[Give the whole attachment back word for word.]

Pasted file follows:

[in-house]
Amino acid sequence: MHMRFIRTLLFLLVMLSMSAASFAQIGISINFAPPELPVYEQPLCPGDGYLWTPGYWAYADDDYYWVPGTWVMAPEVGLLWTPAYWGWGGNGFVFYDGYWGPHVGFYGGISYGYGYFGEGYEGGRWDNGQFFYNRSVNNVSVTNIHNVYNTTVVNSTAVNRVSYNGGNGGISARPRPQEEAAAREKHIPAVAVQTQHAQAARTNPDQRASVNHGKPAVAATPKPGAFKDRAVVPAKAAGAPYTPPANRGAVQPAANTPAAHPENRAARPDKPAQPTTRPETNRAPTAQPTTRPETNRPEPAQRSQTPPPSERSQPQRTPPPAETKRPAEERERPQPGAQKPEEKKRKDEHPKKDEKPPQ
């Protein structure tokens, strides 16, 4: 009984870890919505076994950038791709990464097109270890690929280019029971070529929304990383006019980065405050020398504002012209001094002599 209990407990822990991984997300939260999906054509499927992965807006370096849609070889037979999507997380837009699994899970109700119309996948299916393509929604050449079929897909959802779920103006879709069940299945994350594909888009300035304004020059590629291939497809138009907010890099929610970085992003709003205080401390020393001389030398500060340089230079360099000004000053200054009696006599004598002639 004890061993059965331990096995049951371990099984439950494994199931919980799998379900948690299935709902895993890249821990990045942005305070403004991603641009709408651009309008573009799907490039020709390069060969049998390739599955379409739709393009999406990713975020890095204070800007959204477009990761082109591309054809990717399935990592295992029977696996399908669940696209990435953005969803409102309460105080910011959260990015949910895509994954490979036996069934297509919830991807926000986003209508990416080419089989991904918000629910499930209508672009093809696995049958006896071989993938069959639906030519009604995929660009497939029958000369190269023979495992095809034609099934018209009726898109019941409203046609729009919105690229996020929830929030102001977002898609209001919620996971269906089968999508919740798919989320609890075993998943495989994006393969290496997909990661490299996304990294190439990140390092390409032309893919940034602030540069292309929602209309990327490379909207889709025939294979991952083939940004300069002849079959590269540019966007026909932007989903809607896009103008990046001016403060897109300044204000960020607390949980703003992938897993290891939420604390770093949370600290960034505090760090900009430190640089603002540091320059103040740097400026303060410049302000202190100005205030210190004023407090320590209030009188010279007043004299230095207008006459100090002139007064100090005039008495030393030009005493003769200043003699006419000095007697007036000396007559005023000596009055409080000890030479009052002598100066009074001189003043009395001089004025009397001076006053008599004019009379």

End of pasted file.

[in-house]
Amino acid sequence: MHMRFIRTLLFLLVMLSMSAASFAQIGISINFAPPELPVYEQPLCPGDGYLWTPGYWAYADDDYYWVPGTWVMAPEVGLLWTPAYWGWGGNGFVFYDGYWGPHVGFYGGISYGYGYFGEGYEGGRWDNGQFFYNRSVNNVSVTNIHNVYNTTVVNSTAVNRVSYNGGNGGISARPRPQEEAAAREKHIPAVAVQTQHAQAARTNPDQRASVNHGKPAVAATPKPGAFKDRAVVPAKAAGAPYTPPANRGAVQPAANTPAAHPENRAARPDKPAQPTTRPETNRAPTAQPTTRPETNRPEPAQRSQTPPPSERSQPQRTPPPAETKRPAEERERPQPGAQKPEEKKRKDEHPKKDEKPPQ
């Protein structure tokens, strides 16, 4: 009984870890919505076994950038791709990464097109270890690929280019029971070529929304990383006019980065405050020398504002012209001094002599 209990407990822990991984997300939260999906054509499927992965807006370096849609070889037979999507997380837009699994899970109700119309996948299916393509929604050449079929897909959802779920103006879709069940299945994350594909888009300035304004020059590629291939497809138009907010890099929610970085992003709003205080401390020393001389030398500060340089230079360099000004000053200054009696006599004598002639 004890061993059965331990096995049951371990099984439950494994199931919980799998379900948690299935709902895993890249821990990045942005305070403004991603641009709408651009309008573009799907490039020709390069060969049998390739599955379409739709393009999406990713975020890095204070800007959204477009990761082109591309054809990717399935990592295992029977696996399908669940696209990435953005969803409102309460105080910011959260990015949910895509994954490979036996069934297509919830991807926000986003209508990416080419089989991904918000629910499930209508672009093809696995049958006896071989993938069959639906030519009604995929660009497939029958000369190269023979495992095809034609099934018209009726898109019941409203046609729009919105690229996020929830929030102001977002898609209001919620996971269906089968999508919740798919989320609890075993998943495989994006393969290496997909990661490299996304990294190439990140390092390409032309893919940034602030540069292309929602209309990327490379909207889709025939294979991952083939940004300069002849079959590269540019966007026909932007989903809607896009103008990046001016403060897109300044204000960020607390949980703003992938897993290891939420604390770093949370600290960034505090760090900009430190640089603002540091320059103040740097400026303060410049302000202190100005205030210190004023407090320590209030009188010279007043004299230095207008006459100090002139007064100090005039008495030393030009005493003769200043003699006419000095007697007036000396007559005023000596009055409080000890030479009052002598100066009074001189003043009395001089004025009397001076006053008599004019009379």